Instead, create a targeted list of influencers – say 10 to 15 – people that you feel can help drive your business forward. These might be core trade media experts, like @GovHIT, or bloggers who’ve made a name for themselves, like @ahier, or maybe socially savvy doctors like @jhalamka (note, not 100% sure he’ll be at HIMSS. Still, he’s undoubtedly a thought leader in the health IT space so engaging with him is worth your time). Whoever they are, the key is to keep the list targeted and the communication personal so as to avoid “machine gun” communications. And look for social events that your key resources may already be participating in like the #HITsm Twitter chat that takes place every Friday at noon CT. Again, it all comes back to identifying who can help drive your mission forward and creating a symbiotic relationship with those resources.
4. Come equipped with insight into the key compliance and regulatory issues and how they play into your company/product
You’ve got to be able to walk the walk and talk the talk. Don’t come to HIMSS without complete confidence that you have a solid understanding of the major issues the healthcare industry is dealing with from a regulatory and compliance perspective. Some key topics you should have a handle on are listed below, and don’t forget to have a good grasp on related timelines and/or deadlines:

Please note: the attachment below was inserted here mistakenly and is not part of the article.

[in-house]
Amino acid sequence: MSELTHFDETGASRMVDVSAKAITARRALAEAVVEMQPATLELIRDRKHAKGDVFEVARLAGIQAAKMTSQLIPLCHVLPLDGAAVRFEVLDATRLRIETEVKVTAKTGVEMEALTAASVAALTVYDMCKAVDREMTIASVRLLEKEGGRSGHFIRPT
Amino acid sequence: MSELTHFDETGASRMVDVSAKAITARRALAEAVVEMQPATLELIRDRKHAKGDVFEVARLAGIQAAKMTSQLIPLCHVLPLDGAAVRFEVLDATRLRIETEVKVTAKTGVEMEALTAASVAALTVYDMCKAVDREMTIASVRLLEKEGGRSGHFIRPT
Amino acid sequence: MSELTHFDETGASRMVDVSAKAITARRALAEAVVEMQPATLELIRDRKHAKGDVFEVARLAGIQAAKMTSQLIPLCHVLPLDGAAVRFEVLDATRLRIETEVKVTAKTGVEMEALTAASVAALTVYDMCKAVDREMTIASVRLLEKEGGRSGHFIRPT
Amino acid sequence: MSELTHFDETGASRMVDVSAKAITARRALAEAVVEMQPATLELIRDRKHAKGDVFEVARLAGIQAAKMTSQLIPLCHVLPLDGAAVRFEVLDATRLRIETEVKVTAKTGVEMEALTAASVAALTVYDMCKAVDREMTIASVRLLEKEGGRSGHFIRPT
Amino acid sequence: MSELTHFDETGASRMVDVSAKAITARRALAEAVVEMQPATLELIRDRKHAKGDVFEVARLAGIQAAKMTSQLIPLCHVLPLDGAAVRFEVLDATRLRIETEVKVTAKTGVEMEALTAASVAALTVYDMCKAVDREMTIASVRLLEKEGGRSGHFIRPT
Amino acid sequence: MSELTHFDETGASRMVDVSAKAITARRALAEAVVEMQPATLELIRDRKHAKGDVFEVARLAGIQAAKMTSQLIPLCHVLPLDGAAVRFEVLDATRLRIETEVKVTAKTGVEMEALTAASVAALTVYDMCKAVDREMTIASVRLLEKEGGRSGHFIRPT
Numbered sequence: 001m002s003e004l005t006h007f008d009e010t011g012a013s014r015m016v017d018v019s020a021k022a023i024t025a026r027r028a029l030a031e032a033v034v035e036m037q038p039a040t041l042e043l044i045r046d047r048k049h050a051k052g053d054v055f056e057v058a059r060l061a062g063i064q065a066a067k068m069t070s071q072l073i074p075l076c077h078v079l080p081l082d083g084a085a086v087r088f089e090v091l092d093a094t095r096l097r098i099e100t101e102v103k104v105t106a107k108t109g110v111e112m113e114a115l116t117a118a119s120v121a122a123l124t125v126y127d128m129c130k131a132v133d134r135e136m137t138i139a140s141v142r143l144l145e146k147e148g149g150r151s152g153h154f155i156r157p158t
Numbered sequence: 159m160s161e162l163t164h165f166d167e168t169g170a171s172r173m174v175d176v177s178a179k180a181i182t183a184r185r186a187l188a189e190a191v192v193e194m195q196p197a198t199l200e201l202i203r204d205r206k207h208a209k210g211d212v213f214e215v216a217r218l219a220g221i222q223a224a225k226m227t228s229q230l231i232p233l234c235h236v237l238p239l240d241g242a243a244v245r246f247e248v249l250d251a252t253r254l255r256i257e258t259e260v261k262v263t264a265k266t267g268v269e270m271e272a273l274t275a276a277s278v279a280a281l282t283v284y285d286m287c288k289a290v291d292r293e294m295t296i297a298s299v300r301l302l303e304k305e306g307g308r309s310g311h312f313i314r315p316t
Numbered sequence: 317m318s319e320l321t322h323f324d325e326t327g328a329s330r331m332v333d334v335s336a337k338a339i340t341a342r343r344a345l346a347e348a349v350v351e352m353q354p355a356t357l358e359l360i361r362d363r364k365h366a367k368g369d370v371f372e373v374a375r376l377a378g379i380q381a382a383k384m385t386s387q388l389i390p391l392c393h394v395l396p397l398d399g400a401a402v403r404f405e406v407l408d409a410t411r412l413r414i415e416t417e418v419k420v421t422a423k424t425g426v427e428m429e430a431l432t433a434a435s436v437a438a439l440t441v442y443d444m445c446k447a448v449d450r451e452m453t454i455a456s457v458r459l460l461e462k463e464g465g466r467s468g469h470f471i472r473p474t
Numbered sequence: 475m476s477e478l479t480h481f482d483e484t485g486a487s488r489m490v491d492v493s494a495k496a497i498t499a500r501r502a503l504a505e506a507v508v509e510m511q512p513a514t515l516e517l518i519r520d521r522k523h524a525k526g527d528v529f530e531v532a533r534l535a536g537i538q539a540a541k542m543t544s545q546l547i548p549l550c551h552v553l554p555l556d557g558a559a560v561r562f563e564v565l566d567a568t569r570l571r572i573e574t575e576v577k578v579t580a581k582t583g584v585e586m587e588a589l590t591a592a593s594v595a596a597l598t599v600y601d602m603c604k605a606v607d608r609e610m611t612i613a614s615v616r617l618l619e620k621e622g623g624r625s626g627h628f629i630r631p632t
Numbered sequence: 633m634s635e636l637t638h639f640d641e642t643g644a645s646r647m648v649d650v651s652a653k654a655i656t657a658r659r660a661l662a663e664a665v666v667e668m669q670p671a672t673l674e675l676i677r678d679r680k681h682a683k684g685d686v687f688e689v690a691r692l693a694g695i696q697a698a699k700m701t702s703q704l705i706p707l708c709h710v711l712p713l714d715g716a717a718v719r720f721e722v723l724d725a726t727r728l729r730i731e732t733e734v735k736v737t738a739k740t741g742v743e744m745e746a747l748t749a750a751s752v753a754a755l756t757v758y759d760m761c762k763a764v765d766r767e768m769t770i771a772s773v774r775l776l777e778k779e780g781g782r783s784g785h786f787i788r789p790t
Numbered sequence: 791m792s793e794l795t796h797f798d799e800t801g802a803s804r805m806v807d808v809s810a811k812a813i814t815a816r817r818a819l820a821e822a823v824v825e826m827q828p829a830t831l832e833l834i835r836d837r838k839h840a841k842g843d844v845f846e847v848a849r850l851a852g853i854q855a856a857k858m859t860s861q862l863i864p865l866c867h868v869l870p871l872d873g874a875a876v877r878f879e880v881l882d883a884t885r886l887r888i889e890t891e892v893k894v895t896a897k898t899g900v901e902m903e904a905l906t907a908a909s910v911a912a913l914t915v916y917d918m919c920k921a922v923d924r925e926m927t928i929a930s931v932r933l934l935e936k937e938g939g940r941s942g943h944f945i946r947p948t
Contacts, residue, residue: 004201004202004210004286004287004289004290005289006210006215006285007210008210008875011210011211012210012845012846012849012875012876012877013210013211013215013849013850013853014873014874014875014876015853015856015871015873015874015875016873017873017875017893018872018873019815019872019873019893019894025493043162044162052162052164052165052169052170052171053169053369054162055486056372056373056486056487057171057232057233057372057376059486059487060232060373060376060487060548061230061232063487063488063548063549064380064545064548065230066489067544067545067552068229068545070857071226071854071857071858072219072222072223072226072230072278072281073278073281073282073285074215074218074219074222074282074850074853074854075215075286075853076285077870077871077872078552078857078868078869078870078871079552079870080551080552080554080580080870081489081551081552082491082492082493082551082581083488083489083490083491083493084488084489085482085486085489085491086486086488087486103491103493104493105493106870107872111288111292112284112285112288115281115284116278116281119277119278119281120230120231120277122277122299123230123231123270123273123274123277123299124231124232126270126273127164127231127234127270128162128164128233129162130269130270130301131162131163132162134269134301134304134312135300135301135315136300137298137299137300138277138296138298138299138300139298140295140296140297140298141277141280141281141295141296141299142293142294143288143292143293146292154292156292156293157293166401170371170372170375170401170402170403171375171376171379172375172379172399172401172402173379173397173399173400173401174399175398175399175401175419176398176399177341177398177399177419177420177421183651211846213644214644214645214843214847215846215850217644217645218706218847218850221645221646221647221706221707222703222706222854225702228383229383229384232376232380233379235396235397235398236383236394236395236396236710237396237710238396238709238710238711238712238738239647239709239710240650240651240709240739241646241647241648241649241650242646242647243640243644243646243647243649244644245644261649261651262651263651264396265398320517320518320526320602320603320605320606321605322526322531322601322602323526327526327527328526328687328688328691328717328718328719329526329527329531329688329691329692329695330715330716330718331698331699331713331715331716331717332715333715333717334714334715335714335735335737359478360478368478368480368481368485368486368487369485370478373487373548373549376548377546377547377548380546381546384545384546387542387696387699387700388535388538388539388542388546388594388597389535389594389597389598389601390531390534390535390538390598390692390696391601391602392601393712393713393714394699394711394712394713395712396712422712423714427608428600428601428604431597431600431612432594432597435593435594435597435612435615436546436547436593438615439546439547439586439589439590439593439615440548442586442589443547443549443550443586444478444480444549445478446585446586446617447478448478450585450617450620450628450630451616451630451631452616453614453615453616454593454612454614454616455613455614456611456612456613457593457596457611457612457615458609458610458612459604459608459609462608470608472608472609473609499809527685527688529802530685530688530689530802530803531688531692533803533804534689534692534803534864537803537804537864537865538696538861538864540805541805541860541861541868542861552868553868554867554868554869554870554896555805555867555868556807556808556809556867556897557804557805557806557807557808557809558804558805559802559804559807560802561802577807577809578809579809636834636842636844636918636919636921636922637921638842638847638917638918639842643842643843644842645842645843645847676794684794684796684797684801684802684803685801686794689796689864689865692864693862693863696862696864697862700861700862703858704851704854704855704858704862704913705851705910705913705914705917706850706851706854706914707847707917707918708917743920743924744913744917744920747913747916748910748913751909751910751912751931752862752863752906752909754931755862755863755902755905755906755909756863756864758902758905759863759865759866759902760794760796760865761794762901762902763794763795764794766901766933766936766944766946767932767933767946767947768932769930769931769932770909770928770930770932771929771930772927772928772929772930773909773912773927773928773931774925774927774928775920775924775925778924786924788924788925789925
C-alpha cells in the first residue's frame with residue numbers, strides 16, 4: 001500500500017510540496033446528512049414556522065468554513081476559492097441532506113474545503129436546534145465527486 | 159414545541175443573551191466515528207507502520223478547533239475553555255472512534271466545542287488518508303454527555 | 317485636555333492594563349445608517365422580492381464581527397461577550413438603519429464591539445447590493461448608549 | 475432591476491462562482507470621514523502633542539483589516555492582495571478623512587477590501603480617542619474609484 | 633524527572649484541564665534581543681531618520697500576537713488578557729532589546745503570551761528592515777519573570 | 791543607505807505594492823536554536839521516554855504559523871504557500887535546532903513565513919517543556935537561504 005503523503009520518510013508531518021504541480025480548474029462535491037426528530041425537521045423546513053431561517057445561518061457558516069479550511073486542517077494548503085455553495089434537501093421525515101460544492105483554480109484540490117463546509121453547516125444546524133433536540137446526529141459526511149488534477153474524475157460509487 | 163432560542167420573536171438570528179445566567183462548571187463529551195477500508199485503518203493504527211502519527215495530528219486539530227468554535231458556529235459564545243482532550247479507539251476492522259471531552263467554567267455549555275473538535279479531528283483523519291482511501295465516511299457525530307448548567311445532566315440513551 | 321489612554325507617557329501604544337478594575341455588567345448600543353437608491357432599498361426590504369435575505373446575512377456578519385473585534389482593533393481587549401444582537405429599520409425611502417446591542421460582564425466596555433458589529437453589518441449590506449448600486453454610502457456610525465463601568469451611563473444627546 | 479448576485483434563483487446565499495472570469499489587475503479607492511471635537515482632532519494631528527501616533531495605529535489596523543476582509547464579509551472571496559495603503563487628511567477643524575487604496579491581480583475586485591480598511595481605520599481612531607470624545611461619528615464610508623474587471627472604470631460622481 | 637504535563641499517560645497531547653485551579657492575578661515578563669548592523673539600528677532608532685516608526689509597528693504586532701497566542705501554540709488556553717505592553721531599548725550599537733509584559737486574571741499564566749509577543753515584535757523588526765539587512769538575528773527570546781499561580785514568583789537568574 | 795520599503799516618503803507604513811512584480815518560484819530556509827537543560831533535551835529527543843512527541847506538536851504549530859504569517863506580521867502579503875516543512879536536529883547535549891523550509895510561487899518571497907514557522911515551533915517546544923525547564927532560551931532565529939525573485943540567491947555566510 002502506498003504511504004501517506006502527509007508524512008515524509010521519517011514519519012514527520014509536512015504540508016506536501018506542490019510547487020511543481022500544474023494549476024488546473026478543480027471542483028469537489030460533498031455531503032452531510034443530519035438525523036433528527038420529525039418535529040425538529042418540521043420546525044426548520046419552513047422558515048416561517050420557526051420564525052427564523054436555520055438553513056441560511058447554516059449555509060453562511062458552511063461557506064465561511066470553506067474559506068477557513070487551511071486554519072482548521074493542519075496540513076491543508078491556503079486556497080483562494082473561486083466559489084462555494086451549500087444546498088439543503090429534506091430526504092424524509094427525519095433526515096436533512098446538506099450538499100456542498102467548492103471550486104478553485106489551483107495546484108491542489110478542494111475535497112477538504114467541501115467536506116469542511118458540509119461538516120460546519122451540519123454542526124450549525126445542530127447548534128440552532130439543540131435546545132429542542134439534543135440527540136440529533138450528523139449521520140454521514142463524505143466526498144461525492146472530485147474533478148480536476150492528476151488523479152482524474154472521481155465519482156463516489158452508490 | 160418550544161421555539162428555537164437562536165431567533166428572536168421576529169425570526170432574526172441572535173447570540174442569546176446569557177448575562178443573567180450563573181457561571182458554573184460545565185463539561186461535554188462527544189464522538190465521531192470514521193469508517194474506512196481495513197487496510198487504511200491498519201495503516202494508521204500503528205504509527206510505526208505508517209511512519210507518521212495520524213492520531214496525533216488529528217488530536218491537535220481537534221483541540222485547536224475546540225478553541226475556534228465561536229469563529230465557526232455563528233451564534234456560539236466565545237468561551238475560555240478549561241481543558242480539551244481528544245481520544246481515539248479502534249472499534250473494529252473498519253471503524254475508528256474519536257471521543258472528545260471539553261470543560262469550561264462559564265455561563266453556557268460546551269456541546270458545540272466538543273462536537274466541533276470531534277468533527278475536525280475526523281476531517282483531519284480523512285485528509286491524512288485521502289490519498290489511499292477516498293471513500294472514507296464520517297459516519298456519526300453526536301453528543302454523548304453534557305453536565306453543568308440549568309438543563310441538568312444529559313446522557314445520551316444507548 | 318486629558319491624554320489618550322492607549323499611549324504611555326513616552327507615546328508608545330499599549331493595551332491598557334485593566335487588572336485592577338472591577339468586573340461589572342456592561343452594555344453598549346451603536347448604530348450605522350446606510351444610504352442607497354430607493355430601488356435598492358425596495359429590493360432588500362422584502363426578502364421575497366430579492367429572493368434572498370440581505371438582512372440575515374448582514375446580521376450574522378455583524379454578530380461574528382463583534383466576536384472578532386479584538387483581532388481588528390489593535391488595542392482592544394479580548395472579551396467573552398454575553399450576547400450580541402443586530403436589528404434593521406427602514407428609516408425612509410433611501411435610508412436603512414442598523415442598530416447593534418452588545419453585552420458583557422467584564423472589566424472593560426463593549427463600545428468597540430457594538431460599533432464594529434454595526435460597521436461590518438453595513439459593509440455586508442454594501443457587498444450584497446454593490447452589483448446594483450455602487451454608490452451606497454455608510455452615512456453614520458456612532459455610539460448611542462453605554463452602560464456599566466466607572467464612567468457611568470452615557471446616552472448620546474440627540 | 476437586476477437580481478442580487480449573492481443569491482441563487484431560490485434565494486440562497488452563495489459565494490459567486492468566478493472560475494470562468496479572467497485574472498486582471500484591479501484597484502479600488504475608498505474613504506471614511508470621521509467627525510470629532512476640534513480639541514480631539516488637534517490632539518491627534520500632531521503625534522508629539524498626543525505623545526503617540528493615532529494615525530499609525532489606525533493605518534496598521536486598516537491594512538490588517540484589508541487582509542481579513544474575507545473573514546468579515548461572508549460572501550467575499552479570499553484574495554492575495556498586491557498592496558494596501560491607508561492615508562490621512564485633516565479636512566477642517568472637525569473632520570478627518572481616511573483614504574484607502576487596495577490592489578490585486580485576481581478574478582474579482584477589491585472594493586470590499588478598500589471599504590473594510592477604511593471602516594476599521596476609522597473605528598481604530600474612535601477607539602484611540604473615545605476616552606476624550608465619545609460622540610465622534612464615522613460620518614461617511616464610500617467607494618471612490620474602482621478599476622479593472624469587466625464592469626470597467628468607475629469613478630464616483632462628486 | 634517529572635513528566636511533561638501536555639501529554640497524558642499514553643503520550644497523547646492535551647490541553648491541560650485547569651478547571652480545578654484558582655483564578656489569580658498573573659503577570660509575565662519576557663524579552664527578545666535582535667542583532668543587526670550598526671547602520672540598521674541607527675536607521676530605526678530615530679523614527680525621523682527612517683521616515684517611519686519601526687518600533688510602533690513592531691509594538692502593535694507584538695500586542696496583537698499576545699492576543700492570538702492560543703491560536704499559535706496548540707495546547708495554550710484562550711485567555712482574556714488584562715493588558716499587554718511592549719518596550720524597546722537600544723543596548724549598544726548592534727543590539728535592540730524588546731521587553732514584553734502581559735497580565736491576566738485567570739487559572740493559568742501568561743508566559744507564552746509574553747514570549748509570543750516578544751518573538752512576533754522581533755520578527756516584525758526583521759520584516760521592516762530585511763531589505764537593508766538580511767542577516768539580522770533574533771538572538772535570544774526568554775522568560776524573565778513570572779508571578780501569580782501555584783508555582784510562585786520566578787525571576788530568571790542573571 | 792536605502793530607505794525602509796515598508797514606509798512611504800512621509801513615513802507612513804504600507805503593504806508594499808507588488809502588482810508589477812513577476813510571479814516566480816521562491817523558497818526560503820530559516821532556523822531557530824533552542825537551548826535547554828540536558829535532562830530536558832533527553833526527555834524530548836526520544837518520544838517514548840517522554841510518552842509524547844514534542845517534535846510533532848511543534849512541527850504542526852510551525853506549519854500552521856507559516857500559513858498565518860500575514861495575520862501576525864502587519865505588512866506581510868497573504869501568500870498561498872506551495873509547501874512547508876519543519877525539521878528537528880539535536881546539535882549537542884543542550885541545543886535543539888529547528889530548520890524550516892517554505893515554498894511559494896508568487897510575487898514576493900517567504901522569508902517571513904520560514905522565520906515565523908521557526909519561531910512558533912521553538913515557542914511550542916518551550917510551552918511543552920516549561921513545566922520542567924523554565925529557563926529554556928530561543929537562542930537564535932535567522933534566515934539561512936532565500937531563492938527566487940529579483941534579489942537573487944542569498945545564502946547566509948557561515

- FDA Mobile Medical App Regulations
- Meaningful Use
And lastly, if your start-up is tangential to any of these topics, make sure you do a deep dive on the related HIMSS12 sessions. For example, if you dabble in interoperability, you’ll definitely want to book some solid hours at the HIMSS12 Interoperability Showcase.
5. Map out your must-see’s (no really, get a map of the booths at the show and create a plan of attack!)
It goes without saying that you should probably check out Nuance’s booth #3523 if for nothing other than a friendly face, to see the latest in voice recognition and language technologies in action, and for some hands-on touchscreen technology. In all seriousness, make sure you have reliable access to a digital map or at least a printout version. It’s an expansive space and in addition to having a mapped out plan of attack, you’ll need to wear solid shoes that are kind on the feet. Save your special shoes for the “Inga Loves My Shoes Contest” at HIStalkapalooza.
6. What do you want to be remembered for?
Before you head to HIMSS12, you’ll want to determine how best to spread knowledge of your company, its capabilities and, well, yourself. HIMSS is “paperless” so as you pull together a potential press packet and/or any type of leave behind, remember proper protocol is to go digital whenever possible. One alternative to the paper press packet is to save all of your key content onto thumb drives. Just make sure you map the content back to the audience you’re handing it off to. In other words, potential partners probably don’t need a glossy headshot of you on that USB – media on the other hand definitely do.
7. Pass the torch
You can be sure that we’ll be sharing key insights and thoughts after the show via our blog, For the Health of IT. We recommend you follow suit. Don’t have a blog? No sweat. Look for other reputable bloggers in the space and pitch yourself as a subject matter expert. You’ll need to take a stance on something(s) at HIMSS that got you excited. Keep in mind, the more controversial that “something” is, the better. In addition to positioning yourself as a thought leader whether via your blog or another expert’s, this also affords you an opportunity to share insight from HIMSS with those who may not have been able to attend the event this year. In other words, share lessons learned and pay it forward.